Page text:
The top challenges facing CEOs in 2024

From climate change to global conflict, business leaders have a smorgasbord of disruptive issues to contend with, but what do our Raconteur 50 members see as top of the list?

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It is a scary time to be leading a business, it would seem. Coming into 2024, 45% of global CEOs told PwC that their organisation would no longer be economically viable in 10 years’ time if it continues on its current course. 

Another survey, conducted by Deloitte in February 2024, found that only 27% of CEOs feel optimistic about the global economy. Respondents broadly agree that geopolitical instability poses the greatest threat to their business strategy this year, but international conflict is by no means the only risk that they identified. New regulation, high inflation, the skills shortage and environmental matters joined cyber risks and supply chain troubles on CEOs’ list of worries. 

We spoke with some of the members of the Raconteur 50 to find out what they believe to be the biggest challenges facing CEOs in 2024 – and how they plan on tackling them.

Zahra Bahrololoumi 
CEO at Salesforce UK 

The potential impact of AI continues to represent new opportunities and challenges for CEOs in 2024.

AI is ushering in a new economic era, revolutionising how businesses interact with customers and this incoming wave of AI-first digital transformation is at the heart of the UK CEO agenda. Organisations are focused on how to use transformative technologies to drive growth and make efficiency gains. 

Yet, in the race to realise the AI opportunity, businesses are also aware of the risks including bias, accuracy and safety. As a digital advisor to some of the world’s biggest businesses, it is our responsibility to get AI right from the start. The AI revolution is also a trust revolution.

At Salesforce, we’ve been investing in ethical AI for over a decade and our Office of Ethical and Humane Use pioneers the use of ethics in technology. From ensuring teams represent diverse experiences to providing the right training, creating trusted technology is our number one priority. This is why every solution we offer our customers is informed by our Trusted AI Principles and supported by the Einstein Trust Layer.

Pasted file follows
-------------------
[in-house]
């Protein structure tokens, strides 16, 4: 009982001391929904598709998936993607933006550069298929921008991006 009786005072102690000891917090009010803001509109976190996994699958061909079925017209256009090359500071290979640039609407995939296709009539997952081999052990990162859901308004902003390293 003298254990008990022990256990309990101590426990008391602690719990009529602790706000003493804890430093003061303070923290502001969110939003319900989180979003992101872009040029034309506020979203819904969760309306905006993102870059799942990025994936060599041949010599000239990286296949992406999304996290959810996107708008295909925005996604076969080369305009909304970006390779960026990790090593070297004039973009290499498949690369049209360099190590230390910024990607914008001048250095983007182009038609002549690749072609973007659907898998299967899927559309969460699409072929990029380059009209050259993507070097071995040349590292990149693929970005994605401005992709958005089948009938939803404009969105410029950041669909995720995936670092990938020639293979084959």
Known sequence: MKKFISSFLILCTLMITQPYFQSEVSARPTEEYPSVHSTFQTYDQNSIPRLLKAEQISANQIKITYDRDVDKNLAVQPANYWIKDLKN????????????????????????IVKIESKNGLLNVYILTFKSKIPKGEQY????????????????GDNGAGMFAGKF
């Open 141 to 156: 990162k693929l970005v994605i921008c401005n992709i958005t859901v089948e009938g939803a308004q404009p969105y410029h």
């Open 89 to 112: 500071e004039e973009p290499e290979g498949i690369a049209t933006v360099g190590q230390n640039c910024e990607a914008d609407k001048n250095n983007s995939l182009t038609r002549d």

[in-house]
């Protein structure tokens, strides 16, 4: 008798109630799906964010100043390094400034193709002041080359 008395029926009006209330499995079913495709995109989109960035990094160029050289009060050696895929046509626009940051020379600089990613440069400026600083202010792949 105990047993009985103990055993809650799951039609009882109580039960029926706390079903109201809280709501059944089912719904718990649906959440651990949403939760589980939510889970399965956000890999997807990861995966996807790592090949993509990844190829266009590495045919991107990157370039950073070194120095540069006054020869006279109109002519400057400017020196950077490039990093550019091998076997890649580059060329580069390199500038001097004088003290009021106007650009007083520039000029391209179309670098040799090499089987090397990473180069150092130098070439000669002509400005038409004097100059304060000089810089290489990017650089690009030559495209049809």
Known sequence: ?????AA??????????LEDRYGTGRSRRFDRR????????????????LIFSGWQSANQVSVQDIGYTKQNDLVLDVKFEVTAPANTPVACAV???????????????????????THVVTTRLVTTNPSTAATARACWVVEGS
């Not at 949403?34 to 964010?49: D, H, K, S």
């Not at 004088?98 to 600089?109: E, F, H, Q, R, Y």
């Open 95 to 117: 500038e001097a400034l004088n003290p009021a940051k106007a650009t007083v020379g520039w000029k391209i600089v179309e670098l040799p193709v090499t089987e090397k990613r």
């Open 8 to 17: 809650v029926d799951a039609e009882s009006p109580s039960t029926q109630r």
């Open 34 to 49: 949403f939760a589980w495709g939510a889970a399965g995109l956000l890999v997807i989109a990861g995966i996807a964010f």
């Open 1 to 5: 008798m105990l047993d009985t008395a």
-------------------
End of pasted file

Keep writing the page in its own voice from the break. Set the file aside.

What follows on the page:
Technology is a reflection of how it is developed so ultimately, we will get the AI we deserve. It’s incumbent on all of us that AI is trusted and becomes a force for good.

Radha Vyas 
CEO and co-founder of Flash Pack 

I think one of the biggest challenges facing CEOs this year is the question of how to attract and retain world-class talent. We live in a time where employees are rightfully more discerning than ever. People aren’t interested in an office with a foosball table, or talk of work/life balance that is little more than lip service. Instead, in an increasingly competitive and volatile job market, they’re looking for meaningful connection, and a sense of purpose and belonging.

As CEOs, we have to think carefully about the systems we build to nurture these values. What kind of benefits – such as pay transparency, remote working or unlimited mental health therapy – will help your team feel supported and heard? How can you empower each and every team member so that they are working to their strengths? And how do you get people fired up about making a lasting impact? I think these are the questions we need to face head-on, even when the answers are far from easy, in order to build a diverse, inclusive and thriving work culture.

Tessa Clarke 
CEO and co-founder of Olio 

In 2024 most venture-backed CEOs are grappling with the whiplash effect that comes from needing to operate in the new high-interest-rate era. This means that instead of focusing on building rocket ships, we need to focus on building cathedrals: truly sustainable businesses, with solid business fundamentals, whose impact will be felt for many generations to come. 

The era of burning cash in the pursuit of growth is long gone, and a very different set of management tools are now required. Leading your team and business through this transition will be challenging, but essential. 

Romi Savova 
CEO and founder of PensionBee 

Following on from Brexit, CEOs in Britain find ourselves in a landscape full of both challenges and opportunities for global business expansion. While the aftermath of Brexit introduced uncertainties, it also presented a chance for British CEOs to redefine their global footprint, tap into diverse markets, foster innovation, and embrace new-found agility in decision-making.

At PensionBee, we recently announced our proposed expansion to the US. This opportunity allows us to offer our innovative pension solutions to the world’s largest Defined Contribution pension market and aligns with our vision to live in a world where everyone can look forward to a happy retirement. 

We intend to leverage our knowledge and experience from the UK over the past decade, particularly to extend our technology, and tailor it to the local needs of the US market. This dual-market strategy not only diversifies our revenue streams but also positions us for sustained growth and innovation on a global scale.